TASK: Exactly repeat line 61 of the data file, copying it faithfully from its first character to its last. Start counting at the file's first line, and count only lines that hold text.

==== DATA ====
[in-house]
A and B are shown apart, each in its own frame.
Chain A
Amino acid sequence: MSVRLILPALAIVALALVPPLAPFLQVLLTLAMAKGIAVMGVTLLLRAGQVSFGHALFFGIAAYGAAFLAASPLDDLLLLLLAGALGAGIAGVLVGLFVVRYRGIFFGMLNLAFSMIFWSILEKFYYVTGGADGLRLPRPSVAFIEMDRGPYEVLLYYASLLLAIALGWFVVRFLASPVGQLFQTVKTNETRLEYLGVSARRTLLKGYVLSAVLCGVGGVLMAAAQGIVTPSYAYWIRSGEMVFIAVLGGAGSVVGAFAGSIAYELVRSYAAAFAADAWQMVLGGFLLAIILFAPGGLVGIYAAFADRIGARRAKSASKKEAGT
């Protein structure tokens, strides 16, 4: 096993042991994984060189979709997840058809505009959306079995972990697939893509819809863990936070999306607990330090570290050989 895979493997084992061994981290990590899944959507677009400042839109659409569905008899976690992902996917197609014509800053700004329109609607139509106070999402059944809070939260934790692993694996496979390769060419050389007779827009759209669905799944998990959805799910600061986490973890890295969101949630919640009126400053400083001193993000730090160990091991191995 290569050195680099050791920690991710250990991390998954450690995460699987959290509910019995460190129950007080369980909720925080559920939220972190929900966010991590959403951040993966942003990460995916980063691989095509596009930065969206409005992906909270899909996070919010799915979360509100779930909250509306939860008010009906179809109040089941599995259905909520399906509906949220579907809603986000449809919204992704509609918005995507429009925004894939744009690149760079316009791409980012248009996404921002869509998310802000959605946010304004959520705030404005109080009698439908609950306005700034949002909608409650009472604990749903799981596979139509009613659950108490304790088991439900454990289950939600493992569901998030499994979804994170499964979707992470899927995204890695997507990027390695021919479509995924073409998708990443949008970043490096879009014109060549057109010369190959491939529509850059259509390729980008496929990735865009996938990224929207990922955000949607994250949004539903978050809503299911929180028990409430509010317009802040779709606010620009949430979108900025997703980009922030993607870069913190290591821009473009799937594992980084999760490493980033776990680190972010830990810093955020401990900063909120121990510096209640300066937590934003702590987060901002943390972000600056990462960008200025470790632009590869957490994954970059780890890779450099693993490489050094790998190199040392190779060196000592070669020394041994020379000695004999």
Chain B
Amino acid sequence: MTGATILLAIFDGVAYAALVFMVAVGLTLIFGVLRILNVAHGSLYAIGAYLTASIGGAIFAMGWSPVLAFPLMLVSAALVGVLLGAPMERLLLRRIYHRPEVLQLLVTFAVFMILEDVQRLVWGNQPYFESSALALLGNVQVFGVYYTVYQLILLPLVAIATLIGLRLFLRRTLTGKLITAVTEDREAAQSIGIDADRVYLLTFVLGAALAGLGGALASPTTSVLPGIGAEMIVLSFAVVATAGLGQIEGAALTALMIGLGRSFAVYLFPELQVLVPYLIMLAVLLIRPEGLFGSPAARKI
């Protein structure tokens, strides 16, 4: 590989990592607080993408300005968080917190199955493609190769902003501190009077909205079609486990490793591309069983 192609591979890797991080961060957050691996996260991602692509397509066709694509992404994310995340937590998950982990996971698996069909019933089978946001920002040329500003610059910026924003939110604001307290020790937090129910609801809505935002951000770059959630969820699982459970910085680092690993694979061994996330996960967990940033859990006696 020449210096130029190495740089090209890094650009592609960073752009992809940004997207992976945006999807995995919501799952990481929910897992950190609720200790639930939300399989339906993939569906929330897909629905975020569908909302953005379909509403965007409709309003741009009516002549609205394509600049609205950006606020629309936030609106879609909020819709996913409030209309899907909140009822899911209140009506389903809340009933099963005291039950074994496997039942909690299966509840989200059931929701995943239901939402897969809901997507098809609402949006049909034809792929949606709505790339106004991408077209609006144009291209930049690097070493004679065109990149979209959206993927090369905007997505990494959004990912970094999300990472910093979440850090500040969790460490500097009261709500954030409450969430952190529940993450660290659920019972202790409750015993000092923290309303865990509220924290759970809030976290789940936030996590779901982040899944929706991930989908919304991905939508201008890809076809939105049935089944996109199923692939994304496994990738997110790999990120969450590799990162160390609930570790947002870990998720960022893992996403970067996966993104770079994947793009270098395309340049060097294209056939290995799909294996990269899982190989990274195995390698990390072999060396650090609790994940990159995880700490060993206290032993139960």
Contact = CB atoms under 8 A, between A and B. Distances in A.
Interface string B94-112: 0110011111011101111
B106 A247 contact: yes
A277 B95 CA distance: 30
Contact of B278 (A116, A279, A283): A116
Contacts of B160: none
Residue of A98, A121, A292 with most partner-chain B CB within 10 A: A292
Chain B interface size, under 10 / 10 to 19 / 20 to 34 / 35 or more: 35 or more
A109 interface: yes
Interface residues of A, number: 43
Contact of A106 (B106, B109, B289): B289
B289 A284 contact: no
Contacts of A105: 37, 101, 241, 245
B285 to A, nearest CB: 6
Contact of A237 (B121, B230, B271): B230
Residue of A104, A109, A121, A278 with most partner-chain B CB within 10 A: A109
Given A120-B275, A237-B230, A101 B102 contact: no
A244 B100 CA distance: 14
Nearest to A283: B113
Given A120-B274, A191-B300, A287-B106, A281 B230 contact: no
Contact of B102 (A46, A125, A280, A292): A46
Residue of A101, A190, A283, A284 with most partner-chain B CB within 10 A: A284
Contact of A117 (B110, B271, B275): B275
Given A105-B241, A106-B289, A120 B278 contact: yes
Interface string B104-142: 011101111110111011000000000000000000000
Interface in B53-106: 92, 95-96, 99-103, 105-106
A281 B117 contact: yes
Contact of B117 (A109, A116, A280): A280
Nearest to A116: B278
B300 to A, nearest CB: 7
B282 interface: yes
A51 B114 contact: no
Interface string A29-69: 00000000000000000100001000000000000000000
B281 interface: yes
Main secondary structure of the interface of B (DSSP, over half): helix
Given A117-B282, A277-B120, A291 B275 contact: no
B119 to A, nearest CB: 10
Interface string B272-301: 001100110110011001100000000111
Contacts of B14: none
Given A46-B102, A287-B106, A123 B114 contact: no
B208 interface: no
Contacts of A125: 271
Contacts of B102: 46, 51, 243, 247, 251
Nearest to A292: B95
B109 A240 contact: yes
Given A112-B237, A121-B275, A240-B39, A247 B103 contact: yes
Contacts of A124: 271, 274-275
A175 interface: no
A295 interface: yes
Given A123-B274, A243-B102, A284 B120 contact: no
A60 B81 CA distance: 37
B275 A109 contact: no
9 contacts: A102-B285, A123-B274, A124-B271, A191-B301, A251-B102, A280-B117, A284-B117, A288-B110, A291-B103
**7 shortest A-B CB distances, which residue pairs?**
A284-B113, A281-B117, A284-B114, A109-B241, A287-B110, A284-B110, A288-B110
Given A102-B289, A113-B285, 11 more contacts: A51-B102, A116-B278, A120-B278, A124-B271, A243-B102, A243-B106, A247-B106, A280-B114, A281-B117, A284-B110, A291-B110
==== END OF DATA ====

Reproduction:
9 contacts: A102-B285, A123-B274, A124-B271, A191-B301, A251-B102, A280-B117, A284-B117, A288-B110, A291-B103